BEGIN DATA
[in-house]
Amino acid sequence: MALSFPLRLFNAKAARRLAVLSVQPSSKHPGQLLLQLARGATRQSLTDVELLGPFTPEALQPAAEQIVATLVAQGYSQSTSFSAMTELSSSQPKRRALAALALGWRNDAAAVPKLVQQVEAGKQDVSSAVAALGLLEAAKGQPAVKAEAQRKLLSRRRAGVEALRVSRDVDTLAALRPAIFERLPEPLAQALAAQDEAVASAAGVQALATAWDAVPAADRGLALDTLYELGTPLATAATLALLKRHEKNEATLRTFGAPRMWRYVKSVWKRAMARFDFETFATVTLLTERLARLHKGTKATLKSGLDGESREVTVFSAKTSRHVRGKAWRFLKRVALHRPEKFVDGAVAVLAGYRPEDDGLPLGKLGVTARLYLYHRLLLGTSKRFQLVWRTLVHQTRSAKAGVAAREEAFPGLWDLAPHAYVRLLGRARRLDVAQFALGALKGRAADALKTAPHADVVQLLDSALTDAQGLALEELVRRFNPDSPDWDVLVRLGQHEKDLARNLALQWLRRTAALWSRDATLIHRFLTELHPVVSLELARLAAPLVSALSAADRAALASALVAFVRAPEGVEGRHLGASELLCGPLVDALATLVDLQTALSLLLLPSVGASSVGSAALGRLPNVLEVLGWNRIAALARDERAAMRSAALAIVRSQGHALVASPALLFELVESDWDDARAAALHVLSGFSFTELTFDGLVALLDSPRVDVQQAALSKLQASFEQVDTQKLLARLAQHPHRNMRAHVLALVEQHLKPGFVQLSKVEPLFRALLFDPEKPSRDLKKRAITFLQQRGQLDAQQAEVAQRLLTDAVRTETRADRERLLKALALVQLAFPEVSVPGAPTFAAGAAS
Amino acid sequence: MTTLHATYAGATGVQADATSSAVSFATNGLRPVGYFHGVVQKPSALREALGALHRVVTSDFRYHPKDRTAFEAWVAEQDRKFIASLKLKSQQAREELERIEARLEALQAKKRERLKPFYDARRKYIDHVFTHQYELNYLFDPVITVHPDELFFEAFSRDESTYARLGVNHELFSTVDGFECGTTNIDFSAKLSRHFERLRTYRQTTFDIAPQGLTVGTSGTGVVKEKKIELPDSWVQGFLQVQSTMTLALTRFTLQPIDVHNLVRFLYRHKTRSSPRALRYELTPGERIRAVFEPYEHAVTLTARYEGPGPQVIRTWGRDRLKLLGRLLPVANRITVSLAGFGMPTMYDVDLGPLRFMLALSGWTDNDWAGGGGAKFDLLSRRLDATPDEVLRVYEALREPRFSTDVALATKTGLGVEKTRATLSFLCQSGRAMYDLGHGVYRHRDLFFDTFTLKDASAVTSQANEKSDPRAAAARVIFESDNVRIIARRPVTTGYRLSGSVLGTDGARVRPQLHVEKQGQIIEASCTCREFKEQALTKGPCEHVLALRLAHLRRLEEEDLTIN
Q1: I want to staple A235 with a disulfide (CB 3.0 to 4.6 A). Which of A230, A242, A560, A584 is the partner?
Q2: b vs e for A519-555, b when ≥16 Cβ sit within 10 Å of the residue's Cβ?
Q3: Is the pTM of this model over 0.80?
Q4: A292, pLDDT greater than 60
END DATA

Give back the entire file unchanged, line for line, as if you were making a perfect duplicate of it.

[in-house]
Amino acid sequence: MALSFPLRLFNAKAARRLAVLSVQPSSKHPGQLLLQLARGATRQSLTDVELLGPFTPEALQPAAEQIVATLVAQGYSQSTSFSAMTELSSSQPKRRALAALALGWRNDAAAVPKLVQQVEAGKQDVSSAVAALGLLEAAKGQPAVKAEAQRKLLSRRRAGVEALRVSRDVDTLAALRPAIFERLPEPLAQALAAQDEAVASAAGVQALATAWDAVPAADRGLALDTLYELGTPLATAATLALLKRHEKNEATLRTFGAPRMWRYVKSVWKRAMARFDFETFATVTLLTERLARLHKGTKATLKSGLDGESREVTVFSAKTSRHVRGKAWRFLKRVALHRPEKFVDGAVAVLAGYRPEDDGLPLGKLGVTARLYLYHRLLLGTSKRFQLVWRTLVHQTRSAKAGVAAREEAFPGLWDLAPHAYVRLLGRARRLDVAQFALGALKGRAADALKTAPHADVVQLLDSALTDAQGLALEELVRRFNPDSPDWDVLVRLGQHEKDLARNLALQWLRRTAALWSRDATLIHRFLTELHPVVSLELARLAAPLVSALSAADRAALASALVAFVRAPEGVEGRHLGASELLCGPLVDALATLVDLQTALSLLLLPSVGASSVGSAALGRLPNVLEVLGWNRIAALARDERAAMRSAALAIVRSQGHALVASPALLFELVESDWDDARAAALHVLSGFSFTELTFDGLVALLDSPRVDVQQAALSKLQASFEQVDTQKLLARLAQHPHRNMRAHVLALVEQHLKPGFVQLSKVEPLFRALLFDPEKPSRDLKKRAITFLQQRGQLDAQQAEVAQRLLTDAVRTETRADRERLLKALALVQLAFPEVSVPGAPTFAAGAAS
Amino acid sequence: MTTLHATYAGATGVQADATSSAVSFATNGLRPVGYFHGVVQKPSALREALGALHRVVTSDFRYHPKDRTAFEAWVAEQDRKFIASLKLKSQQAREELERIEARLEALQAKKRERLKPFYDARRKYIDHVFTHQYELNYLFDPVITVHPDELFFEAFSRDESTYARLGVNHELFSTVDGFECGTTNIDFSAKLSRHFERLRTYRQTTFDIAPQGLTVGTSGTGVVKEKKIELPDSWVQGFLQVQSTMTLALTRFTLQPIDVHNLVRFLYRHKTRSSPRALRYELTPGERIRAVFEPYEHAVTLTARYEGPGPQVIRTWGRDRLKLLGRLLPVANRITVSLAGFGMPTMYDVDLGPLRFMLALSGWTDNDWAGGGGAKFDLLSRRLDATPDEVLRVYEALREPRFSTDVALATKTGLGVEKTRATLSFLCQSGRAMYDLGHGVYRHRDLFFDTFTLKDASAVTSQANEKSDPRAAAARVIFESDNVRIIARRPVTTGYRLSGSVLGTDGARVRPQLHVEKQGQIIEASCTCREFKEQALTKGPCEHVLALRLAHLRRLEEEDLTIN
Q1: I want to staple A235 with a disulfide (CB 3.0 to 4.6 A). Which of A230, A242, A560, A584 is the partner?
Q2: b vs e for A519-555, b when ≥16 Cβ sit within 10 Å of the residue's Cβ?
Q3: Is the pTM of this model over 0.80?
Q4: A292, pLDDT greater than 60